Operation of the discharge-pumped gas laser 10 will be described below with reference to FIG. 2. A high-voltage electric energy which is supplied from the high-voltage power supply through the terminal 25 is stored in the charging capacitor 26. When the thyratron 29 is turned on, the stored electric energy is applied to cause a spark discharge in the gaps 21, 24 between the electrode pins 19, 20 and 22, 23 of the preionizers 17, 18 and also to charge the peaking capacitors 27. The spark discharge in the gaps 21, 24 generates an ultraviolet radiation that gives rise to a UV photo-preionization for uniformly preionizing the laser gas in the main discharge region 16 thereby to increase the electron density therein up to 108 electrons per cubic centimeter. As the peaking capacitors 27 are charged, the voltage applied between the main discharge electrodes 14, 15 increases. At this time, the electron density in the main discharge region 16 is rapidly increased up to about 1018 electrons per cubic centimeter. The electric energy stored in the peaking capacitors 27 flow in a pulsed fashion through the laser gas in the main discharge region 16 between the main discharge electrodes 14, 15, thus developing an electric discharge between the main discharge electrodes 14, 15. The laser gas in the main discharge region 16 between the main discharge electrodes 14, 15 is now excited for laser emission.

In the structure shown in FIGS. 1 and 2, the laser gas flowing through the main discharge region 16 in the direction A and the laser gas flowing through the upstream preionizer 17 in the direction B are separated from each other by the baffle partition 33 including its extension 34. The laser gas which flows through the apertures 36 in the baffle partition 33 is drawn through the upstream preionizer 17 and flows through the circulatory path 37 to the gas circulator 31. During operation of the discharge-pumped gas laser 10, the laser gas is deteriorated because it contains ions and metal particles which are emitted from the electrode pins 19, 20 and 22, 23 of the preionizers 17, 18 due to sputtering when the preionizers 17, 18 cause a spark discharge for preionization. While the laser gas is flowing through the circulatory path 37, however, it is purified because the ions are eliminated because of their limited life and the metal particles are settled on the walls of the circulatory path 37. In addition, the laser gas is cooled by the baffle partition extension 34 and the wall of the pressure container 11. When the purified and cooled laser gas reaches the gas circulator 31, it is mixed with the laser gas that flows from the cooling units 30. Consequently, the laser gas which circulates in the direction A is continuously purified and cooled by being mixed with the laser gas flowing from the upstream preionizer 17 through the circulatory path 37. During repetitive operation of the discharge-pumped gas laser 10, only the laser gas in the main discharge region 16 between the main discharge electrodes 14, 15 may be exchanged in each pulsed excitation cycle for spatially uniformizing the density of preionized electrons between the main discharge electrodes 14, 15. Consequently, a stable electric discharge can occur in the laser gas in the main discharge region 16 for highly efficient laser emission. Since the laser gas may be exchanged only in the main discharge region 16 between the main discharge electrodes 14, 15, the laser gas exchange may be carried out in a small region. Furthermore, the electrode pins 19, 20 of the upstream preionizer 17 are not located in the laser gas flowing in the direction A upstream of the main discharge electrodes 14, 15, but are separated from such laser gas flow by the baffle partition 33. Inasmuch as the laser gas flow in the direction A is not obstructed by the electrode pins 19, 20, the laser gas flow can easily be turned into a laminar flow. This allows the laser gas to flow at a reduced speed, so that the laser gas can be excited at an increased repetition rate even if the gas circulator 31 is of a small capacity.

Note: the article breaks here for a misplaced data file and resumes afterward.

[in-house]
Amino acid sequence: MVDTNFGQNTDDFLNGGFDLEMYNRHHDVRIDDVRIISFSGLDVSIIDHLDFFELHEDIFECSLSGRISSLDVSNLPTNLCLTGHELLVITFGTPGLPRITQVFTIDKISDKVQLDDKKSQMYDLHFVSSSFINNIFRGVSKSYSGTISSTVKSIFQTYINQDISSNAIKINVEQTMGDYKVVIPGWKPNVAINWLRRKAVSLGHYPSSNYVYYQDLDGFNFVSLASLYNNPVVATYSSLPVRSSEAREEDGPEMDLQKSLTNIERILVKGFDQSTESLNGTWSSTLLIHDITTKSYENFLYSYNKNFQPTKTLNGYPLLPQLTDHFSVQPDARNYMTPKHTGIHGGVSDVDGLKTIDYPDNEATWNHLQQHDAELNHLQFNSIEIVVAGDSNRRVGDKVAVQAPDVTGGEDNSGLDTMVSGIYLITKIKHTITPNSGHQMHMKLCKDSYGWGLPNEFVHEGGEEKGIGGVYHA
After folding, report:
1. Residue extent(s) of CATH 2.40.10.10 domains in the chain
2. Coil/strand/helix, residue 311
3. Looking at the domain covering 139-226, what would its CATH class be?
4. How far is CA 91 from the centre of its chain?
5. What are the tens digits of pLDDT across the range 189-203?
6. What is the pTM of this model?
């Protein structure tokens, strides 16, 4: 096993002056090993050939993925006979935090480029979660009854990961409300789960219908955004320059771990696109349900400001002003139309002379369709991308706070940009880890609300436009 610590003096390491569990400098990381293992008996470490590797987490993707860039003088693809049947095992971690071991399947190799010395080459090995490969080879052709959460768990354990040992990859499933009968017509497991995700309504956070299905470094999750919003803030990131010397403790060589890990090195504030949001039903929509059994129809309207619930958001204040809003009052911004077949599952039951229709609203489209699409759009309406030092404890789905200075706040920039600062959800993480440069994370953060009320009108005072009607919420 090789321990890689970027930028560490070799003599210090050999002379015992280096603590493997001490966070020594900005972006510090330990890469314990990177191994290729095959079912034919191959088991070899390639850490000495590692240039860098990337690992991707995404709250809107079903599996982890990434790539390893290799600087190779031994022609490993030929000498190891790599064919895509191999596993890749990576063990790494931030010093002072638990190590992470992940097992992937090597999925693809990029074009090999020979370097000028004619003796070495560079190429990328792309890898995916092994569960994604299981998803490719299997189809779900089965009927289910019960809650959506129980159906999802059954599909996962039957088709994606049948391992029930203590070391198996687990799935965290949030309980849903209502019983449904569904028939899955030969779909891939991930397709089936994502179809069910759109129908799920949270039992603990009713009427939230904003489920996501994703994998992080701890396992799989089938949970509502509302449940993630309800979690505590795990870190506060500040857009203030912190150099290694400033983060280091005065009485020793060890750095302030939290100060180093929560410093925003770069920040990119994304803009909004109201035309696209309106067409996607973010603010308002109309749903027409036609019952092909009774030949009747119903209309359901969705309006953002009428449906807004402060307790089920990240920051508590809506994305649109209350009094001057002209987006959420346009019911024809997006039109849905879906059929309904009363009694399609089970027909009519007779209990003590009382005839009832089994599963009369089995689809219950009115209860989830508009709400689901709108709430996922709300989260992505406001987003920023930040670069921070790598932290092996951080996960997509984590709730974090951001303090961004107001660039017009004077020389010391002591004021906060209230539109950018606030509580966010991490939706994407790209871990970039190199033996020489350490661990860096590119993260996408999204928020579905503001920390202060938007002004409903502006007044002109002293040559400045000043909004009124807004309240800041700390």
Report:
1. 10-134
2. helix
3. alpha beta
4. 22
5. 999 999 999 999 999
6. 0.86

FIG. 3 shows a discharge-pumped gas laser according to a second embodiment of the present invention. The discharge-pumped gas laser, generally designated by the reference numeral 40 in FIG. 3, differs from the discharge-pumped gas laser 10 shown in FIGS. 1 and 2, in that the extension 34 of the baffle partition 33 is joined at its distal end to the pressure container 11 by a joint baffle partition 41, and an external gas circulator 42 such as a pump P is connected to the pressure container 11. The circulatory path 37 communicates with the inlet side of the external gas circulator 42 through a pipe 43, and the outlet side of the external gas circulator 42 communicates with the circulatory path along the direction A through a pipe 44. The external gas circulator 42 may have a built-in gas purifier 45 such as a filter for cleaning the laser gas flowing therethrough.